Ben Harper and Charlie Musselwhite make powerful blues album

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See the High Note with Shaun Smith every Saturday on shorenewstoday.com See the High Note with Shaun Smith every Saturday on shorenewstoday.com

The blues is a unique American invention that, while taking on various forms it is identifiable by its original mold. The collaborative project of Ben Harper and Charlie Musselwhite on "Get Up!" released Jan. 29 (Stax Records) is a modern take on the expressive Chicago blues.

The blues has been passed on through the generations and over time has evolved to fit the needs of the artist. The blues musicians of today like Derek Trucks, Jack White, the Black Keys and others have each used the blues structure to articulate their commentary on the world. 

Ben Harper is a singer-songwriter best known for his mastery of acoustic folk, rock and reggae. Harper is gifted guitarist and musician. Since his career began in the mid-90s and really took off with his solo release "Diamonds on the Inside" in 2003, Harper evolved as a musician and collaborated with various backing bands including the Innocent Criminals and Relentless7. 

Charlie Musselwhite is a legendary blues harmonica player who has released more than 20 albums including "Harmonica According to Charlie Musselwhite," released in 1978 and has played with Bonnie Raitt, Bo Diddley, B.B. King, Eric Clapton and Dr. John. 

Harper's soulful approach to singing is a great compliment to Musselwhite's harmonica playing, which at times takes on a vocal quality. Harper said he met Musselwhite early in his career at a blues festival and later they performed together with John Lee Hooker who endorsed the idea for the duo recording together. As a young boy, Harper said Musselwhite's records, including "Stand Back! Here Comes Charley Musselwhite's Southside Band," were always around his house.

Musselwhite's harmonica is constant presence on this album building slowly before stepping right out in front by the end of the first track "Don't Look Twice," featuring Harper playing a simple blues riff on the acoustic guitar. 

As musicians, Harper and Musselwhite are a great duo playing off each other nicely in a call and response style. 

The bass line that drives the second track, "I'm In I'm Out and I'm Gone," is rhythmically hypnotic and lays a seamless canvas for Harper and Musselwhite to accentuate their styles. 

The backing band on this album is essentially the Relentless7 featuring; guitarist Jason Mozersky, bassist Jesse Ingalls and Jordan Richardson on drums. The band gels together nicely and it's not more evident on the traditional 12-bar blues number "She Got Kick."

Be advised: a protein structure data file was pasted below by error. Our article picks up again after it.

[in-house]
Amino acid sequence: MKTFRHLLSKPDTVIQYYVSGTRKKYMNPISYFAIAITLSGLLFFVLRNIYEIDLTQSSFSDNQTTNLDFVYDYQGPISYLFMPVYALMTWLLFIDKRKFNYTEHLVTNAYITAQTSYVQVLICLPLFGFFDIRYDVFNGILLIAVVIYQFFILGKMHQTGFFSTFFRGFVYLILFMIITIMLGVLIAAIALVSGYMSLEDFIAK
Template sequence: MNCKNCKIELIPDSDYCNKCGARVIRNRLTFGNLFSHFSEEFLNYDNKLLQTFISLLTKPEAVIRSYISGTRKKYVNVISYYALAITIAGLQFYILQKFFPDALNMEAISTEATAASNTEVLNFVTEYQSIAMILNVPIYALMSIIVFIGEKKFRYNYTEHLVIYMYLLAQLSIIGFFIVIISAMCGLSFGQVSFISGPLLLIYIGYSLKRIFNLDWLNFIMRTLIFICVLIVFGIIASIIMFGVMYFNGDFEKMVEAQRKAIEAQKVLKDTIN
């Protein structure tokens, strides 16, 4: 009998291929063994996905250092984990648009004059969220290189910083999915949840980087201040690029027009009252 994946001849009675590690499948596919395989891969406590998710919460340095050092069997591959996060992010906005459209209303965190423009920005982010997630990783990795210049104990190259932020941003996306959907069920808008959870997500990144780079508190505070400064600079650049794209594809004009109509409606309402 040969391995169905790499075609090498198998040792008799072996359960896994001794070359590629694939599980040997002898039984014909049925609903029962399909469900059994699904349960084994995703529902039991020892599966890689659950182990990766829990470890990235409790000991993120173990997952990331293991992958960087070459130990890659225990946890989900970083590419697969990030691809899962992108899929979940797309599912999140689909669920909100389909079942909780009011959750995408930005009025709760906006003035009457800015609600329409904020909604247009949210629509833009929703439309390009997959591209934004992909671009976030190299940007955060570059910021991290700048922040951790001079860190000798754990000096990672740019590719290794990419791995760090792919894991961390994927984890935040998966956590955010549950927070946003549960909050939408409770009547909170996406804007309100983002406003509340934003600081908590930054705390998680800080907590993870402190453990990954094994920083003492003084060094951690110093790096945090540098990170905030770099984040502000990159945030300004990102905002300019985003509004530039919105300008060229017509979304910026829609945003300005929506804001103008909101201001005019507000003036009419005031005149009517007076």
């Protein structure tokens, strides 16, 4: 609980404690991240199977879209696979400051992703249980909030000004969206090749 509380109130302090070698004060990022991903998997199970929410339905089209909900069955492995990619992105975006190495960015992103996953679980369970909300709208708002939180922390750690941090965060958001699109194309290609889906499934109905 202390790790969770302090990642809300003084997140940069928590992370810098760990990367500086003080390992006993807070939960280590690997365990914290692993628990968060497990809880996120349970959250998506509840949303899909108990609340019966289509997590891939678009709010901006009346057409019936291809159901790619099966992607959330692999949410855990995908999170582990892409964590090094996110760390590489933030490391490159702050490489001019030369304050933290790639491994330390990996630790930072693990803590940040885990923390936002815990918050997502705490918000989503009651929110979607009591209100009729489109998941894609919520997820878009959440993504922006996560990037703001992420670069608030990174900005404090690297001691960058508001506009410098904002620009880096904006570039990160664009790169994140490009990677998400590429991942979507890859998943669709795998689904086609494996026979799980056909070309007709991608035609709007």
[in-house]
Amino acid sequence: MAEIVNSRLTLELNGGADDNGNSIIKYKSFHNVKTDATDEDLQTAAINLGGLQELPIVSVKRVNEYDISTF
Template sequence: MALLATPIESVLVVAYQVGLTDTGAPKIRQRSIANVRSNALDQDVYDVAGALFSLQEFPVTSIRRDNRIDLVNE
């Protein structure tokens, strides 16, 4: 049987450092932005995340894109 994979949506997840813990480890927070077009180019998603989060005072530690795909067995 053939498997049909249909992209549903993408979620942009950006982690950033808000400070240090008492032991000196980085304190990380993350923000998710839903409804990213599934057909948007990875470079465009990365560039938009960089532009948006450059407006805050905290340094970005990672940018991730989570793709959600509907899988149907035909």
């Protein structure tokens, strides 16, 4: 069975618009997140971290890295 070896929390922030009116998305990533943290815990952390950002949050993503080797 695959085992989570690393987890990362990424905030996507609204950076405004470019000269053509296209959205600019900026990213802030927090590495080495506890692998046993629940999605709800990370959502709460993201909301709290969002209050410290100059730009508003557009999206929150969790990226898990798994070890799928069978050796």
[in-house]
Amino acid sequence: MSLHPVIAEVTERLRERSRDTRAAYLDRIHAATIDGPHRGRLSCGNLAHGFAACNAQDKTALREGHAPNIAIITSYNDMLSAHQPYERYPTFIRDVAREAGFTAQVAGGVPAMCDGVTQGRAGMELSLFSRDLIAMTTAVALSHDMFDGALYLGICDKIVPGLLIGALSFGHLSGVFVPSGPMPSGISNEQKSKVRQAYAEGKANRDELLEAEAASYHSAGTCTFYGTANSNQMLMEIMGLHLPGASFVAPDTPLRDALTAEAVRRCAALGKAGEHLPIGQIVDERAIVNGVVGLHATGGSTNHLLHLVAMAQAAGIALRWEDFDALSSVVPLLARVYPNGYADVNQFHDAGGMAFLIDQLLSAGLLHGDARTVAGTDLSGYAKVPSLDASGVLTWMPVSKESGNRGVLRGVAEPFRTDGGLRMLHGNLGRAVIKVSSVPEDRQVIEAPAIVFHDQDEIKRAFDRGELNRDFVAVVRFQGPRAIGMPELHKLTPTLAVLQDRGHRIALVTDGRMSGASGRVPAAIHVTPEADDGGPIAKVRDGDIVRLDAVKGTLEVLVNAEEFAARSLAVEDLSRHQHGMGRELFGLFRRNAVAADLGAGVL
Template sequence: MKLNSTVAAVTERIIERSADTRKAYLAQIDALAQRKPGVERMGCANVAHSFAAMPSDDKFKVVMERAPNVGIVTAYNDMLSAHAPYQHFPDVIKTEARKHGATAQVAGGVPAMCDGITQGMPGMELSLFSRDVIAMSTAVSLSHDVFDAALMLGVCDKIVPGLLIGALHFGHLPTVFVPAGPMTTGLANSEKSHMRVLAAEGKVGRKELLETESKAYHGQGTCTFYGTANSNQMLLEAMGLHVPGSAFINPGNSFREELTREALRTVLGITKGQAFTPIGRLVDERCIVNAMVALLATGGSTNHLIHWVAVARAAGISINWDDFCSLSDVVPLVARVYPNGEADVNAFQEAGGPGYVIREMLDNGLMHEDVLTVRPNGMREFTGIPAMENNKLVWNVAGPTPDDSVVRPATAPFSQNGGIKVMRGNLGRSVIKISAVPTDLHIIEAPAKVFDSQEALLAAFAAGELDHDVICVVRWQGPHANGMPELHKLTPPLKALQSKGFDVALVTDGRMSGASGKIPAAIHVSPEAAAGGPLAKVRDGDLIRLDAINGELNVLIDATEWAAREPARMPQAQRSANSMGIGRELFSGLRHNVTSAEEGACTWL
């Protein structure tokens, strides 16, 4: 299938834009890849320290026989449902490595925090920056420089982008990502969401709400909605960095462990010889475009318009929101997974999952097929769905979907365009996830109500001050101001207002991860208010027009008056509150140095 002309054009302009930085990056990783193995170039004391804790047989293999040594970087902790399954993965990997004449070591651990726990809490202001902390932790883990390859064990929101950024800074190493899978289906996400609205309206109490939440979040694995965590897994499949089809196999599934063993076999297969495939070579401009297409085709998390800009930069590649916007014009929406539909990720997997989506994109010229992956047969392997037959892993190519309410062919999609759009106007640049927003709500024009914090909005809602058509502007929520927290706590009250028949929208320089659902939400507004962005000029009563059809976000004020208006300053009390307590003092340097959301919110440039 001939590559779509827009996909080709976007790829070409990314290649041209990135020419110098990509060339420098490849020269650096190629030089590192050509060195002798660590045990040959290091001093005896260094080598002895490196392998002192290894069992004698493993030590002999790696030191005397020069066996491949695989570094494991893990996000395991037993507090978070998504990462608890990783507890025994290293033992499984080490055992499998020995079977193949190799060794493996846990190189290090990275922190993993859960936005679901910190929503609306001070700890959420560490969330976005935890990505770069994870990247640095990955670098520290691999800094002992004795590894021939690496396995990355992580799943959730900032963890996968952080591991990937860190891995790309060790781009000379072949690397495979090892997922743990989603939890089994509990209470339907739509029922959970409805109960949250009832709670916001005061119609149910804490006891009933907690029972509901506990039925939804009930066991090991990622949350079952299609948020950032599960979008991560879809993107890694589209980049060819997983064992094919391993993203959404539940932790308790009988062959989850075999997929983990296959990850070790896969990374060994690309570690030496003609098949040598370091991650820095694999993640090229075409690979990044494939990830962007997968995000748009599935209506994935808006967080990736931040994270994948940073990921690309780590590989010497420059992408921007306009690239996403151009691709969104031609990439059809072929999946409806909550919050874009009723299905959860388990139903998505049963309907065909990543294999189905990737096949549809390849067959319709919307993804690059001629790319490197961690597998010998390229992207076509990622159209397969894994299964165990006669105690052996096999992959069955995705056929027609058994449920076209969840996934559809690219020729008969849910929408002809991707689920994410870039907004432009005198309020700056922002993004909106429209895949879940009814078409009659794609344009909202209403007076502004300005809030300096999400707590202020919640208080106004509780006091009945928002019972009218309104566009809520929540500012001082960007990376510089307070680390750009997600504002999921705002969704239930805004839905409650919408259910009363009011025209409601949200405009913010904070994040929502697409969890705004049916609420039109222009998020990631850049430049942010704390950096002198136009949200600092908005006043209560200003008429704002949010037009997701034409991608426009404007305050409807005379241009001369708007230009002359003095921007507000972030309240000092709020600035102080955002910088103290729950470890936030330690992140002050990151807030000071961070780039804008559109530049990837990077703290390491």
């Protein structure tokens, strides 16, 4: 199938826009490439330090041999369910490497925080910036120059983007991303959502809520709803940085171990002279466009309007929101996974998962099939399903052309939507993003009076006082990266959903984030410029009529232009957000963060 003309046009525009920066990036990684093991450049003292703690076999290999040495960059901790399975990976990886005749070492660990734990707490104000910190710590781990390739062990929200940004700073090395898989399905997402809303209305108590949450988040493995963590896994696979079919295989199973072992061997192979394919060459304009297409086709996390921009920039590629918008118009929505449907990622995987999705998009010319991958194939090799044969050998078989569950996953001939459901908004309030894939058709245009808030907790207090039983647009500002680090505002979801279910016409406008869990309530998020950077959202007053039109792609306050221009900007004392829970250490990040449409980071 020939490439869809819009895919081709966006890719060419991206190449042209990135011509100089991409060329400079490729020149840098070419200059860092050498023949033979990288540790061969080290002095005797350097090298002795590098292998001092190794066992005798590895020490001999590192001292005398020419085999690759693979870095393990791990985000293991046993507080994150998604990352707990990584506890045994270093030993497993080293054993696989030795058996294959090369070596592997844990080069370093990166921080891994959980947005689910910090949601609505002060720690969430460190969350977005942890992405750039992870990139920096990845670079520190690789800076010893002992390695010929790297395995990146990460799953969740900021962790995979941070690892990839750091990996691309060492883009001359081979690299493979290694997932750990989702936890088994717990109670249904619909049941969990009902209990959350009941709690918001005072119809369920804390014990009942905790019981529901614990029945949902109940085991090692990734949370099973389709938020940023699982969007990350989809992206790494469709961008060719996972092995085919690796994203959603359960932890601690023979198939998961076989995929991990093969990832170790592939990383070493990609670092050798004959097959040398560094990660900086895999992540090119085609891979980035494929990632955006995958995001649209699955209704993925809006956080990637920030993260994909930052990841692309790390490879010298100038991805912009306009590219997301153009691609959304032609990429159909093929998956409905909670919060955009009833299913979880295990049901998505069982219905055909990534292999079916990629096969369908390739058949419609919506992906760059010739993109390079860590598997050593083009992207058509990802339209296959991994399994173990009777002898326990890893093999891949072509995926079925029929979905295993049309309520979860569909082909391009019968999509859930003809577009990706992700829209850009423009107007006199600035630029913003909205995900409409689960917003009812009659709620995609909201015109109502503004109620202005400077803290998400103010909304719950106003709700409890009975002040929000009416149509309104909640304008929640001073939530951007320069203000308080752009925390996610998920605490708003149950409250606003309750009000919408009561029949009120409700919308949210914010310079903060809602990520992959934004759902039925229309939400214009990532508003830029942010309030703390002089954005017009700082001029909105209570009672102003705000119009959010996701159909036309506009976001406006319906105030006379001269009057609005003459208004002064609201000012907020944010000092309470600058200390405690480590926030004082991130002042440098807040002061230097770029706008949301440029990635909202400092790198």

Harper's gospel revival on "We Can't End This Way," is punctuated by hand claps and tells a personal message which fames Harper's world view. He told NPR that he wrote the song while skateboarding and saw a man hustling people by just yelling "help" on a street corner. He said people in $5,000 suits were just ignoring him. Harper describes in the first verse. 

"There's a man on the corner beggin' for help/ and there's a man who walks past him and he's drownin' in wealth/ who doesn't understand, who doesn't understand/ how disappointment destroys the soul." From there, Harper's voice is clear and refreshing on top of Musslewhite's harmonica and a harmony of backup singers. 

 

The pair get down and dirty on "I Don't Believe A Word You Say," a track that would have been right at home on the Buddy Guy and Junior Wells album "Play the Blues." The repeated refrain, from which the title takes its name, provides a foundation for Harper and Musselwhite to build upon. Like a good blues tune should, there's some fun wordplay in the verses, "I used to look at you in wonder/ now I just look at you and wonder." Harper plays a wicked slide guitar on this track especially. 

For fans of Harper's singer-songwriter style, there was a familiar to "You Found Another Lover (I Lost Another Friend)." Musselwhite provides the perfect accompaniment by reaching into the higher end of the register to accent the harmonies at play on the track. He does it all on this album; from wailing to the meandering "All That Matters Now," Musselwhite uses that harmonica like his voice to respond to Harper's lyrics. 

Harper also plays the slide guitar on "I Ride At Dawn" and a few others on the album. 

The title track features an extremely heavy walking bass line that sets up the testimonial of modern rebellion sung between guitar, slide guitar and harmonica solos. 

Harper sings, "I have a right to get up/ when I please/ I have a right to go/ where I please/ don't tell me I've broken the law/ the law has broken me."

Ultimately that is what is at stake here. At a time when much of the American political culture is wrought with division and visceral rhetoric, the blues tells the tale of the everyman. It's done through lyrics and also by harnessing the energy of what's around the artist and concentrating that into the fingers or breath of the performer. Ben Harper and Musselwhite are individually brilliant and together have captured the essence modern, relevant blues. 

The album includes 10 original songs on the standard version and 15 on the iTunes deluxe version that also includes five bonus tracks and a 25-minute documentary. It was also releases as a vinyl LP. Find it on Amazon, iTunes and Spotify

Stax Records released a few videos of Harper and Musselwhite talking about their blues influences and working together that can be seen on YouTube

What is your favorite Ben Harper album? Comment on Twitter @DBCurrent #TheHighNote. 

Read the High Note with Shaun Smith every Saturday on www.shorenewstoday.com.

 


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